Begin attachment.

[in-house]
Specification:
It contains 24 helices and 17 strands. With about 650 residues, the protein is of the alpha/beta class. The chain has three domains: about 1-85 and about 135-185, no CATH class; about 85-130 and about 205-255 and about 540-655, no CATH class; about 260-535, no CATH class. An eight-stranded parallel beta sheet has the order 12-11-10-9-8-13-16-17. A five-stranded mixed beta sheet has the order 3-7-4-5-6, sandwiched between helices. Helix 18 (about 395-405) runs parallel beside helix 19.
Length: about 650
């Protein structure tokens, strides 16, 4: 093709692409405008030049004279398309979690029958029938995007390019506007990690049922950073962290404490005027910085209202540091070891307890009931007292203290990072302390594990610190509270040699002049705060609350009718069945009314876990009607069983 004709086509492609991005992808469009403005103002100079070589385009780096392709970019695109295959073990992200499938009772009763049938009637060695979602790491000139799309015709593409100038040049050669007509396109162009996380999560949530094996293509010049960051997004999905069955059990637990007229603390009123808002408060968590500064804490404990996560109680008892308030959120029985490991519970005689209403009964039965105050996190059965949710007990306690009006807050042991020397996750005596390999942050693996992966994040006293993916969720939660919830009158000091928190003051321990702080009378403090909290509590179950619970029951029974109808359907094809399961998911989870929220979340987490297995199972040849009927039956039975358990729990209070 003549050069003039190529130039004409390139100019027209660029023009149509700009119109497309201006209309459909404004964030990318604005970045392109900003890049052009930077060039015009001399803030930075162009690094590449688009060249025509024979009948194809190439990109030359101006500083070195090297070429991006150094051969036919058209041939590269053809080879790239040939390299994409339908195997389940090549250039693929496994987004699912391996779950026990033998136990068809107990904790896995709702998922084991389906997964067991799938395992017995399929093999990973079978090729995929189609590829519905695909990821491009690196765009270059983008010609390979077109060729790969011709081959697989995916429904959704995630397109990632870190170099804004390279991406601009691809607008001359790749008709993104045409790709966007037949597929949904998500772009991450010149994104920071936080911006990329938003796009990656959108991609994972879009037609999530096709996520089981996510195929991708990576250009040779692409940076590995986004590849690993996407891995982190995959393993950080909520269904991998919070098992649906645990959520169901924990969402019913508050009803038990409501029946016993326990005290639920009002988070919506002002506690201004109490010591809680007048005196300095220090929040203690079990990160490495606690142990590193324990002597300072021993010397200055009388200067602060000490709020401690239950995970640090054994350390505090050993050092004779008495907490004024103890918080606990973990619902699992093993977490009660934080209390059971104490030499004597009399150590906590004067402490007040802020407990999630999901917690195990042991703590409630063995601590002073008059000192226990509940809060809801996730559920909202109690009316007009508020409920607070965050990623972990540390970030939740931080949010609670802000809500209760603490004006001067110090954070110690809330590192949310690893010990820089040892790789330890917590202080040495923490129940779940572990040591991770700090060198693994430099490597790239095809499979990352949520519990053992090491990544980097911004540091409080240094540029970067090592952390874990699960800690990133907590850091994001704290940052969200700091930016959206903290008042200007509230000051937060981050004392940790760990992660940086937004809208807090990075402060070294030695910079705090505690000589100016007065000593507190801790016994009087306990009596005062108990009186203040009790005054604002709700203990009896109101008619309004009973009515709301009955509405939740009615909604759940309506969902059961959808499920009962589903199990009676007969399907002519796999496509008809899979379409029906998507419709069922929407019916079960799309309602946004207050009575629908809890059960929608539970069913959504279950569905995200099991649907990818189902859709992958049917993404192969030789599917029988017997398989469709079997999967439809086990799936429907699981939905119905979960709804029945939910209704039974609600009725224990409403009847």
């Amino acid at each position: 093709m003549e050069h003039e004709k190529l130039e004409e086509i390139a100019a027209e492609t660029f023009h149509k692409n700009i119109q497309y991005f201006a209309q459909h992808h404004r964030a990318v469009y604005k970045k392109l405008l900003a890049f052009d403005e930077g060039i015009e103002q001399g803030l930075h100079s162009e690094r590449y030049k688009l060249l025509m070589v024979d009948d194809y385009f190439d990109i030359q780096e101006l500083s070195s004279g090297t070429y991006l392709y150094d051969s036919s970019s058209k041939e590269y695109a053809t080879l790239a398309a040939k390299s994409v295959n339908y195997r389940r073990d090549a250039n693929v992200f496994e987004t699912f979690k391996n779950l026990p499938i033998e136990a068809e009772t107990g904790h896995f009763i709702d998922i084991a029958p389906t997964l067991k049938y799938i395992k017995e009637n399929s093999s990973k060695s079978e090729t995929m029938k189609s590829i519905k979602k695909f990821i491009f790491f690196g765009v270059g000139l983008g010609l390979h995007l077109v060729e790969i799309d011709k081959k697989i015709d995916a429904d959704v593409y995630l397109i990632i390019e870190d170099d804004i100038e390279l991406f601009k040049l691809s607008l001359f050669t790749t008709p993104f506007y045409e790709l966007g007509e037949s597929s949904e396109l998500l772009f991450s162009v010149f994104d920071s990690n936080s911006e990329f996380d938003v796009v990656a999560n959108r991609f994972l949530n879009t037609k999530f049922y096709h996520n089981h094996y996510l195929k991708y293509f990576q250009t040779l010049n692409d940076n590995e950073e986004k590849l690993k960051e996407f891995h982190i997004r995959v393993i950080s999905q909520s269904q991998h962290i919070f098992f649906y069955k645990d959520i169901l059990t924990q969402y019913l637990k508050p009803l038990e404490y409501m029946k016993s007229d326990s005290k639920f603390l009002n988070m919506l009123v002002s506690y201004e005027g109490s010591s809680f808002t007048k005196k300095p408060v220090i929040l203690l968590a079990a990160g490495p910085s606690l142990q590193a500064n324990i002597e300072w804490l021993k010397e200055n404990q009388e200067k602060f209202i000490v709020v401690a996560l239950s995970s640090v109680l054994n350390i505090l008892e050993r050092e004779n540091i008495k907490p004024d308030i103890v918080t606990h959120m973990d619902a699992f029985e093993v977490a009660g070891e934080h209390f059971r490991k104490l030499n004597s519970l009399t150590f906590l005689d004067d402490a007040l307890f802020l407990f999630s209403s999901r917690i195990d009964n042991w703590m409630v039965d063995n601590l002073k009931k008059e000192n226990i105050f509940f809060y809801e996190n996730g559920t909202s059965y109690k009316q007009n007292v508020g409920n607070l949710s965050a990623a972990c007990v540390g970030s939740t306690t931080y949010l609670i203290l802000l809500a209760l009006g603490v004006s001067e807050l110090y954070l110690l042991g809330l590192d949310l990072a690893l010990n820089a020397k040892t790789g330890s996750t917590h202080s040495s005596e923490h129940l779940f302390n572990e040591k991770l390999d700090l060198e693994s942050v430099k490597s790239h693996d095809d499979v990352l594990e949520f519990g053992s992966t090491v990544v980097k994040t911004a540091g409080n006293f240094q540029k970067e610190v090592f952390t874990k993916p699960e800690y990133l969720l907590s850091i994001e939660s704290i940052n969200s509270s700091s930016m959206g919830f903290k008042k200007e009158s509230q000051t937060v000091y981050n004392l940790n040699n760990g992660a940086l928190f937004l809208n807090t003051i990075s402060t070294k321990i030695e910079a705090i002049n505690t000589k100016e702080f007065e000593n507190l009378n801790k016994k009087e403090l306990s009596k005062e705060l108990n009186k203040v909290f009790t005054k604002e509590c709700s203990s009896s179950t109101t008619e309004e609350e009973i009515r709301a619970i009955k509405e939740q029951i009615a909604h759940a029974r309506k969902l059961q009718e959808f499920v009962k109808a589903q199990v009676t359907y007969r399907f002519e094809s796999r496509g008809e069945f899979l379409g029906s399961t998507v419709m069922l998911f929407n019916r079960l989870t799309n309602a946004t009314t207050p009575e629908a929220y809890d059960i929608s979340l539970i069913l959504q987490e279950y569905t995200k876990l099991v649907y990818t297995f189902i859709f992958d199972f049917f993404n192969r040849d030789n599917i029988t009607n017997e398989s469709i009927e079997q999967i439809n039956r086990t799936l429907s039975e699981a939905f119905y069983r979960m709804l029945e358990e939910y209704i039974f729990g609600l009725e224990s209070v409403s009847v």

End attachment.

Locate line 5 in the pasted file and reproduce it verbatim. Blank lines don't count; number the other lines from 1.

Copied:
């Protein structure tokens, strides 16, 4: 093709692409405008030049004279398309979690029958029938995007390019506007990690049922950073962290404490005027910085209202540091070891307890009931007292203290990072302390594990610190509270040699002049705060609350009718069945009314876990009607069983 004709086509492609991005992808469009403005103002100079070589385009780096392709970019695109295959073990992200499938009772009763049938009637060695979602790491000139799309015709593409100038040049050669007509396109162009996380999560949530094996293509010049960051997004999905069955059990637990007229603390009123808002408060968590500064804490404990996560109680008892308030959120029985490991519970005689209403009964039965105050996190059965949710007990306690009006807050042991020397996750005596390999942050693996992966994040006293993916969720939660919830009158000091928190003051321990702080009378403090909290509590179950619970029951029974109808359907094809399961998911989870929220979340987490297995199972040849009927039956039975358990729990209070 003549050069003039190529130039004409390139100019027209660029023009149509700009119109497309201006209309459909404004964030990318604005970045392109900003890049052009930077060039015009001399803030930075162009690094590449688009060249025509024979009948194809190439990109030359101006500083070195090297070429991006150094051969036919058209041939590269053809080879790239040939390299994409339908195997389940090549250039693929496994987004699912391996779950026990033998136990068809107990904790896995709702998922084991389906997964067991799938395992017995399929093999990973079978090729995929189609590829519905695909990821491009690196765009270059983008010609390979077109060729790969011709081959697989995916429904959704995630397109990632870190170099804004390279991406601009691809607008001359790749008709993104045409790709966007037949597929949904998500772009991450010149994104920071936080911006990329938003796009990656959108991609994972879009037609999530096709996520089981996510195929991708990576250009040779692409940076590995986004590849690993996407891995982190995959393993950080909520269904991998919070098992649906645990959520169901924990969402019913508050009803038990409501029946016993326990005290639920009002988070919506002002506690201004109490010591809680007048005196300095220090929040203690079990990160490495606690142990590193324990002597300072021993010397200055009388200067602060000490709020401690239950995970640090054994350390505090050993050092004779008495907490004024103890918080606990973990619902699992093993977490009660934080209390059971104490030499004597009399150590906590004067402490007040802020407990999630999901917690195990042991703590409630063995601590002073008059000192226990509940809060809801996730559920909202109690009316007009508020409920607070965050990623972990540390970030939740931080949010609670802000809500209760603490004006001067110090954070110690809330590192949310690893010990820089040892790789330890917590202080040495923490129940779940572990040591991770700090060198693994430099490597790239095809499979990352949520519990053992090491990544980097911004540091409080240094540029970067090592952390874990699960800690990133907590850091994001704290940052969200700091930016959206903290008042200007509230000051937060981050004392940790760990992660940086937004809208807090990075402060070294030695910079705090505690000589100016007065000593507190801790016994009087306990009596005062108990009186203040009790005054604002709700203990009896109101008619309004009973009515709301009955509405939740009615909604759940309506969902059961959808499920009962589903199990009676007969399907002519796999496509008809899979379409029906998507419709069922929407019916079960799309309602946004207050009575629908809890059960929608539970069913959504279950569905995200099991649907990818189902859709992958049917993404192969030789599917029988017997398989469709079997999967439809086990799936429907699981939905119905979960709804029945939910209704039974609600009725224990409403009847």